No-code and low-code are undoubtedly being touted as the next big thing by the tech industry. A recent report by Gartner, for example, forecasts that no-code/low-code tools will account for more than 65% of all development activity by 2024.
Industry leaders are also banging the drum for no-code, such as the CEO of GitHub Chris Wanstrath, who declared “the future of coding is no coding at all”.
However, amongst all the hype we shouldn’t lose focus on the biggest barrier to product adoption: security. According to a recent study, 59% of respondents, cited security as the top challenge when it comes to the adoption of low-code platforms.
Letting go of control of an application is hard for anyone, especially legacy enterprises that may have done in-house development for decades. This is why no-code/low-code software providers must work to overcome these concerns; as the saying goes, with great power comes great responsibility.
Therefore, here are five key areas that all vendors should pay close attention to when both designing no-code applications and engaging with their users.
Easily enable user security audits
A thorny issue for many low-code and no-code vendors is accommodating the rigors of enterprise-grade InfoSec audits. This is particularly the case with legacy era enterprises who may have developed their InfoSec vendor audit frameworks in a bygone era.
While auditing documentation and certifications such as compliance and testing certificates are simple enough to accommodate, running physical tests against the software can be a different story.
This is amplified by the fact that a lot of no-code/low-code software are black-box applications, making it impossible to test and verify for security. However, some vendors are generating standard application code that can be tested externally.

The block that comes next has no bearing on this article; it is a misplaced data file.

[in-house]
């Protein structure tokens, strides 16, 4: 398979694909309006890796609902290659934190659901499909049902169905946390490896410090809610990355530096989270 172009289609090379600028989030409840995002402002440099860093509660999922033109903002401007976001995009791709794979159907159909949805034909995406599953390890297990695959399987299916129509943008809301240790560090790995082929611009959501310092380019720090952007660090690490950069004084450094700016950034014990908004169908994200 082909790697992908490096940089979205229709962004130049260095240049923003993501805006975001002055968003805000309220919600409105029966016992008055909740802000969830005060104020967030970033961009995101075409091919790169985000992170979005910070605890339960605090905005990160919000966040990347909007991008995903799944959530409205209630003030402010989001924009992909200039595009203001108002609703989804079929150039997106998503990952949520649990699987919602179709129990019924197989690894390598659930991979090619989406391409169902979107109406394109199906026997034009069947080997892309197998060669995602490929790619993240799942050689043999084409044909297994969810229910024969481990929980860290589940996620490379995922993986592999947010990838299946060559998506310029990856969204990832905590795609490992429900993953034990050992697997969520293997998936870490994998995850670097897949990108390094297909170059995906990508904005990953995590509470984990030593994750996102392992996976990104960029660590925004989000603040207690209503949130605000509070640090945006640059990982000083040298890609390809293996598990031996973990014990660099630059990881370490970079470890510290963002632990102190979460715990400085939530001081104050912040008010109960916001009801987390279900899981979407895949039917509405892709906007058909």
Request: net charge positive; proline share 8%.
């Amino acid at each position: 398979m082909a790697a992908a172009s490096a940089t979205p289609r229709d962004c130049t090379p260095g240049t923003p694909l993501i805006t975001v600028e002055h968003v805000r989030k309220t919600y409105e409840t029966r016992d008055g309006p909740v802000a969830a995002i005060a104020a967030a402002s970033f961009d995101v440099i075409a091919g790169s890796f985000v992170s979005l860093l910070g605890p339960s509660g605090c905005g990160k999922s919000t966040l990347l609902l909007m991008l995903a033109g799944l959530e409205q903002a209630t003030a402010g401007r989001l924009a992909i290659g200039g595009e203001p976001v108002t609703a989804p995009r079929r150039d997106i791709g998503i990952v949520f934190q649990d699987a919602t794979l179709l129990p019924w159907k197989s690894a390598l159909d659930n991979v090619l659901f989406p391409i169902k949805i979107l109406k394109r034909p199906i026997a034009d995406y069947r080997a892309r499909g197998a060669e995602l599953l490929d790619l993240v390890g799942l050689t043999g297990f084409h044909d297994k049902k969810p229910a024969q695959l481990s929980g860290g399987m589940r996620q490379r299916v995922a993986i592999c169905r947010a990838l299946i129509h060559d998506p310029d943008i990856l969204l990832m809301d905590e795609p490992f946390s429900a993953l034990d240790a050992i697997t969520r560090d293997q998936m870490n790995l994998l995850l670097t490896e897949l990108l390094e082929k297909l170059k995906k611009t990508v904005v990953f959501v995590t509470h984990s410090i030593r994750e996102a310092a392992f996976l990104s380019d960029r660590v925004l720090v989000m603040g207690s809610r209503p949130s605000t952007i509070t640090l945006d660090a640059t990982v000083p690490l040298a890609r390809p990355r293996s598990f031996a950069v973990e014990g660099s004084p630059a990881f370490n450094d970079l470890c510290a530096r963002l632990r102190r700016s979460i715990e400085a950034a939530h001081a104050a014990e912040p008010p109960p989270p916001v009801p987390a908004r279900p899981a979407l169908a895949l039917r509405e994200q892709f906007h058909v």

For example, low-code platform provider Outsystems enables static application security testing, by allowing users to export its source code. The security features that are tested and verified will then automatically apply to any application built on the platform.
Segment users from data with sandboxes
Vendors rightly invest heavily in data security measures in order to protect data from external threats. However, given that no code and low code software can potentially be used by anyone within the customer’s organization, a similar focus needs to be applied to designing solutions that protect data from internal threats on the client-side. These threats can either be from user errors and mistakes, or deliberate malicious acts.
A solution to this problem is to partition sensitive data from users with sandboxes, so each user only has a level of access to data that’s relevant to their job role.
A more robust option is to set this up using a virtual machine program such as VirtualBox or VMware. These set up a virtual hardware system that activates the applications in a separate window, which runs these apps without disturbing your network.
Securing API endpoints